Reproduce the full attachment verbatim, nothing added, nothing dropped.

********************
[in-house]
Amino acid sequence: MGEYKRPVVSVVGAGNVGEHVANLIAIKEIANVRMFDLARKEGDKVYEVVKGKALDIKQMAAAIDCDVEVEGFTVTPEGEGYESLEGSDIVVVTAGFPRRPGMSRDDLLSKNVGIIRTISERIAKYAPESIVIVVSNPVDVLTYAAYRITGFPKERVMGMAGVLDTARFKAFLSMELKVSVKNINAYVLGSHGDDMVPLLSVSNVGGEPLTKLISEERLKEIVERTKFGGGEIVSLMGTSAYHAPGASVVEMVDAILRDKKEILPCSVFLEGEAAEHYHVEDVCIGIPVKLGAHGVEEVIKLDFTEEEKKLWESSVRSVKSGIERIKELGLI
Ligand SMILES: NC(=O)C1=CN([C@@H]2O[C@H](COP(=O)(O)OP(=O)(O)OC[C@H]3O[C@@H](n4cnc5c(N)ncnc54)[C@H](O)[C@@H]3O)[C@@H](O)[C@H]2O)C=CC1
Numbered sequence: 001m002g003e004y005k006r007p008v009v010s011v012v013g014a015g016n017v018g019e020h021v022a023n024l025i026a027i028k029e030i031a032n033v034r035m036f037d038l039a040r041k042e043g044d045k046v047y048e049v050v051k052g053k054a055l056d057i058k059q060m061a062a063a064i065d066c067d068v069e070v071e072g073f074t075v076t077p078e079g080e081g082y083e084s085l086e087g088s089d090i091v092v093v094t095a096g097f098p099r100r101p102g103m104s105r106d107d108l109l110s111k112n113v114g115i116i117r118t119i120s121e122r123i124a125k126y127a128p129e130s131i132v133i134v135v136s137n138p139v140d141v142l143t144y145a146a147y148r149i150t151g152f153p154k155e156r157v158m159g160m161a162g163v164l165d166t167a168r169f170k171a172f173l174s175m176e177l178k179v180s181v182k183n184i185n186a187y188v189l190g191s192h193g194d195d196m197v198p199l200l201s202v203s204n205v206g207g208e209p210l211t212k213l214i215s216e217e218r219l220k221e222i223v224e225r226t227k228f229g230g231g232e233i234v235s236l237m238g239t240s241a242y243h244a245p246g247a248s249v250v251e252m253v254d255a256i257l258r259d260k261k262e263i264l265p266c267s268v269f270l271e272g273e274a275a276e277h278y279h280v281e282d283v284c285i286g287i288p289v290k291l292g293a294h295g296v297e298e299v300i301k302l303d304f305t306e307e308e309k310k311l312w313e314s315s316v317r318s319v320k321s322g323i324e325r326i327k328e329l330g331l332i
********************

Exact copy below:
[in-house]
Amino acid sequence: MGEYKRPVVSVVGAGNVGEHVANLIAIKEIANVRMFDLARKEGDKVYEVVKGKALDIKQMAAAIDCDVEVEGFTVTPEGEGYESLEGSDIVVVTAGFPRRPGMSRDDLLSKNVGIIRTISERIAKYAPESIVIVVSNPVDVLTYAAYRITGFPKERVMGMAGVLDTARFKAFLSMELKVSVKNINAYVLGSHGDDMVPLLSVSNVGGEPLTKLISEERLKEIVERTKFGGGEIVSLMGTSAYHAPGASVVEMVDAILRDKKEILPCSVFLEGEAAEHYHVEDVCIGIPVKLGAHGVEEVIKLDFTEEEKKLWESSVRSVKSGIERIKELGLI
Ligand SMILES: NC(=O)C1=CN([C@@H]2O[C@H](COP(=O)(O)OP(=O)(O)OC[C@H]3O[C@@H](n4cnc5c(N)ncnc54)[C@H](O)[C@@H]3O)[C@@H](O)[C@H]2O)C=CC1
Numbered sequence: 001m002g003e004y005k006r007p008v009v010s011v012v013g014a015g016n017v018g019e020h021v022a023n024l025i026a027i028k029e030i031a032n033v034r035m036f037d038l039a040r041k042e043g044d045k046v047y048e049v050v051k052g053k054a055l056d057i058k059q060m061a062a063a064i065d066c067d068v069e070v071e072g073f074t075v076t077p078e079g080e081g082y083e084s085l086e087g088s089d090i091v092v093v094t095a096g097f098p099r100r101p102g103m104s105r106d107d108l109l110s111k112n113v114g115i116i117r118t119i120s121e122r123i124a125k126y127a128p129e130s131i132v133i134v135v136s137n138p139v140d141v142l143t144y145a146a147y148r149i150t151g152f153p154k155e156r157v158m159g160m161a162g163v164l165d166t167a168r169f170k171a172f173l174s175m176e177l178k179v180s181v182k183n184i185n186a187y188v189l190g191s192h193g194d195d196m197v198p199l200l201s202v203s204n205v206g207g208e209p210l211t212k213l214i215s216e217e218r219l220k221e222i223v224e225r226t227k228f229g230g231g232e233i234v235s236l237m238g239t240s241a242y243h244a245p246g247a248s249v250v251e252m253v254d255a256i257l258r259d260k261k262e263i264l265p266c267s268v269f270l271e272g273e274a275a276e277h278y279h280v281e282d283v284c285i286g287i288p289v290k291l292g293a294h295g296v297e298e299v300i301k302l303d304f305t306e307e308e309k310k311l312w313e314s315s316v317r318s319v320k321s322g323i324e325r326i327k328e329l330g331l332i